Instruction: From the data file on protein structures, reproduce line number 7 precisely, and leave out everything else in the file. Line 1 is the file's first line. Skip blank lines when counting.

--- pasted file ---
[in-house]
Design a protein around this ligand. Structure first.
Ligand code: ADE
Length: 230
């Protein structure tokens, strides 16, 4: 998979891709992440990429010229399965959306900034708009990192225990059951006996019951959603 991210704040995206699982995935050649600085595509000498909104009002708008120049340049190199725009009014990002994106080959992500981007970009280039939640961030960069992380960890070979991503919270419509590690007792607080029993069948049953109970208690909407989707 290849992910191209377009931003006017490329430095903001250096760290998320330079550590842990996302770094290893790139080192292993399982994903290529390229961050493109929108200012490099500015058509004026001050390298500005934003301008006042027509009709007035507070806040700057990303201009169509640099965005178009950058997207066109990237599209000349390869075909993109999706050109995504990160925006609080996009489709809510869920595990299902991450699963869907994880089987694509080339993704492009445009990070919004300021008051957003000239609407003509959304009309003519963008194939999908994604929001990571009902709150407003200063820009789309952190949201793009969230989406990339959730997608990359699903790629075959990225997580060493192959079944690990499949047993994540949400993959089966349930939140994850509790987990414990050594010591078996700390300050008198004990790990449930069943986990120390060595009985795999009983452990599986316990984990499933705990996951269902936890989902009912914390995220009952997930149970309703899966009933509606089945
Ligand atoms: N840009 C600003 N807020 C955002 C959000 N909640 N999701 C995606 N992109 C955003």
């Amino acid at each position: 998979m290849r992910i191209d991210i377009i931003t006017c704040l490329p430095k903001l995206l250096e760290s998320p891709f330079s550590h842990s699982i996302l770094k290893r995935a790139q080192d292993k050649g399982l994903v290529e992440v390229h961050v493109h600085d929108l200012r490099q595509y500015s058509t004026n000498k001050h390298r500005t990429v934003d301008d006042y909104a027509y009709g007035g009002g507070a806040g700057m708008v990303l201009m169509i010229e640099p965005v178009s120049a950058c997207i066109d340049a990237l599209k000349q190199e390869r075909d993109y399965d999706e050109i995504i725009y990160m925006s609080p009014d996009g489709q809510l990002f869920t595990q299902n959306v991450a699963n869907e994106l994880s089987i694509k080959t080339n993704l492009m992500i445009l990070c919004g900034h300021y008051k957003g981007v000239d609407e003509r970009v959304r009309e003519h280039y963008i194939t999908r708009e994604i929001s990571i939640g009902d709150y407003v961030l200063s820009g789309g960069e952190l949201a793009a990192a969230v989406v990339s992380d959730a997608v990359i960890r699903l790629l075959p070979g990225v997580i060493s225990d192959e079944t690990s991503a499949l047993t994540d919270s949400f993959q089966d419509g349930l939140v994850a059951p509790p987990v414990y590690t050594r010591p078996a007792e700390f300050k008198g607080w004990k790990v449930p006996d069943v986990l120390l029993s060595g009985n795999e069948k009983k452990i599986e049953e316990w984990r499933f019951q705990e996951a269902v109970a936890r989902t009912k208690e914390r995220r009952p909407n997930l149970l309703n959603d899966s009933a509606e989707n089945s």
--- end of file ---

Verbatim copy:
């Amino acid at each position: 998979m290849r992910i191209d991210i377009i931003t006017c704040l490329p430095k903001l995206l250096e760290s998320p891709f330079s550590h842990s699982i996302l770094k290893r995935a790139q080192d292993k050649g399982l994903v290529e992440v390229h961050v493109h600085d929108l200012r490099q595509y500015s058509t004026n000498k001050h390298r500005t990429v934003d301008d006042y909104a027509y009709g007035g009002g507070a806040g700057m708008v990303l201009m169509i010229e640099p965005v178009s120049a950058c997207i066109d340049a990237l599209k000349q190199e390869r075909d993109y399965d999706e050109i995504i725009y990160m925006s609080p009014d996009g489709q809510l990002f869920t595990q299902n959306v991450a699963n869907e994106l994880s089987i694509k080959t080339n993704l492009m992500i445009l990070c919004g900034h300021y008051k957003g981007v000239d609407e003509r970009v959304r009309e003519h280039y963008i194939t999908r708009e994604i929001s990571i939640g009902d709150y407003v961030l200063s820009g789309g960069e952190l949201a793009a990192a969230v989406v990339s992380d959730a997608v990359i960890r699903l790629l075959p070979g990225v997580i060493s225990d192959e079944t690990s991503a499949l047993t994540d919270s949400f993959q089966d419509g349930l939140v994850a059951p509790p987990v414990y590690t050594r010591p078996a007792e700390f300050k008198g607080w004990k790990v449930p006996d069943v986990l120390l029993s060595g009985n795999e069948k009983k452990i599986e049953e316990w984990r499933f019951q705990e996951a269902v109970a936890r989902t009912k208690e914390r995220r009952p909407n997930l149970l309703n959603d899966s009933a509606e989707n089945s």